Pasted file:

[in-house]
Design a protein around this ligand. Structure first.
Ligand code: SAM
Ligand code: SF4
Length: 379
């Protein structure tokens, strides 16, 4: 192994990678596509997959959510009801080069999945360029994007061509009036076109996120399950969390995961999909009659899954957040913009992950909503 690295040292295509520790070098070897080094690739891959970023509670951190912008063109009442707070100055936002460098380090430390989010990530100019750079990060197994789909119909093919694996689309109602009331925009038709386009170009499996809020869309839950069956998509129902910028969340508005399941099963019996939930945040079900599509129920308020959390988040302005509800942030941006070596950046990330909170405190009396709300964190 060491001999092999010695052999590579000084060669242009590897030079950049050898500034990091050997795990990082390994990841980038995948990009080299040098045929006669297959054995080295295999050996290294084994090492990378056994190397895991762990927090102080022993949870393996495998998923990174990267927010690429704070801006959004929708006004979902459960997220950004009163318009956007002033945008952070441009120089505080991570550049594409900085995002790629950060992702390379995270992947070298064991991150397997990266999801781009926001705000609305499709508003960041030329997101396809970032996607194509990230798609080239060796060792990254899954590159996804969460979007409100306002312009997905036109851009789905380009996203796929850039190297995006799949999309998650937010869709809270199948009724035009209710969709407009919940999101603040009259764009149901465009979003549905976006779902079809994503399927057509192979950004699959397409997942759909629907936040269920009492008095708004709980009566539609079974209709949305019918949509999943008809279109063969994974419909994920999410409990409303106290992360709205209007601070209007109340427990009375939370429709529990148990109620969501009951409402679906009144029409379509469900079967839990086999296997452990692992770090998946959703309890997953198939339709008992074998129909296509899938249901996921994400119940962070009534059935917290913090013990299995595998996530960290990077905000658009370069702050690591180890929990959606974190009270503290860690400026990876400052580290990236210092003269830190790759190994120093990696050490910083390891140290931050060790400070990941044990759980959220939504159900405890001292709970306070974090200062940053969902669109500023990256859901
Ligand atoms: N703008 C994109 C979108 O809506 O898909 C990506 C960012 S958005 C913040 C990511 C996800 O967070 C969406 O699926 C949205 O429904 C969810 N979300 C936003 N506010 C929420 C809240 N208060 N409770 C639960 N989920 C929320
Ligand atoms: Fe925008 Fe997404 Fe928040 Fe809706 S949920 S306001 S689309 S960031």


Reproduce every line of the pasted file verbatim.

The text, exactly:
[in-house]
Design a protein around this ligand. Structure first.
Ligand code: SAM
Ligand code: SF4
Length: 379
């Protein structure tokens, strides 16, 4: 192994990678596509997959959510009801080069999945360029994007061509009036076109996120399950969390995961999909009659899954957040913009992950909503 690295040292295509520790070098070897080094690739891959970023509670951190912008063109009442707070100055936002460098380090430390989010990530100019750079990060197994789909119909093919694996689309109602009331925009038709386009170009499996809020869309839950069956998509129902910028969340508005399941099963019996939930945040079900599509129920308020959390988040302005509800942030941006070596950046990330909170405190009396709300964190 060491001999092999010695052999590579000084060669242009590897030079950049050898500034990091050997795990990082390994990841980038995948990009080299040098045929006669297959054995080295295999050996290294084994090492990378056994190397895991762990927090102080022993949870393996495998998923990174990267927010690429704070801006959004929708006004979902459960997220950004009163318009956007002033945008952070441009120089505080991570550049594409900085995002790629950060992702390379995270992947070298064991991150397997990266999801781009926001705000609305499709508003960041030329997101396809970032996607194509990230798609080239060796060792990254899954590159996804969460979007409100306002312009997905036109851009789905380009996203796929850039190297995006799949999309998650937010869709809270199948009724035009209710969709407009919940999101603040009259764009149901465009979003549905976006779902079809994503399927057509192979950004699959397409997942759909629907936040269920009492008095708004709980009566539609079974209709949305019918949509999943008809279109063969994974419909994920999410409990409303106290992360709205209007601070209007109340427990009375939370429709529990148990109620969501009951409402679906009144029409379509469900079967839990086999296997452990692992770090998946959703309890997953198939339709008992074998129909296509899938249901996921994400119940962070009534059935917290913090013990299995595998996530960290990077905000658009370069702050690591180890929990959606974190009270503290860690400026990876400052580290990236210092003269830190790759190994120093990696050490910083390891140290931050060790400070990941044990759980959220939504159900405890001292709970306070974090200062940053969902669109500023990256859901
Ligand atoms: N703008 C994109 C979108 O809506 O898909 C990506 C960012 S958005 C913040 C990511 C996800 O967070 C969406 O699926 C949205 O429904 C969810 N979300 C936003 N506010 C929420 C809240 N208060 N409770 C639960 N989920 C929320
Ligand atoms: Fe925008 Fe997404 Fe928040 Fe809706 S949920 S306001 S689309 S960031």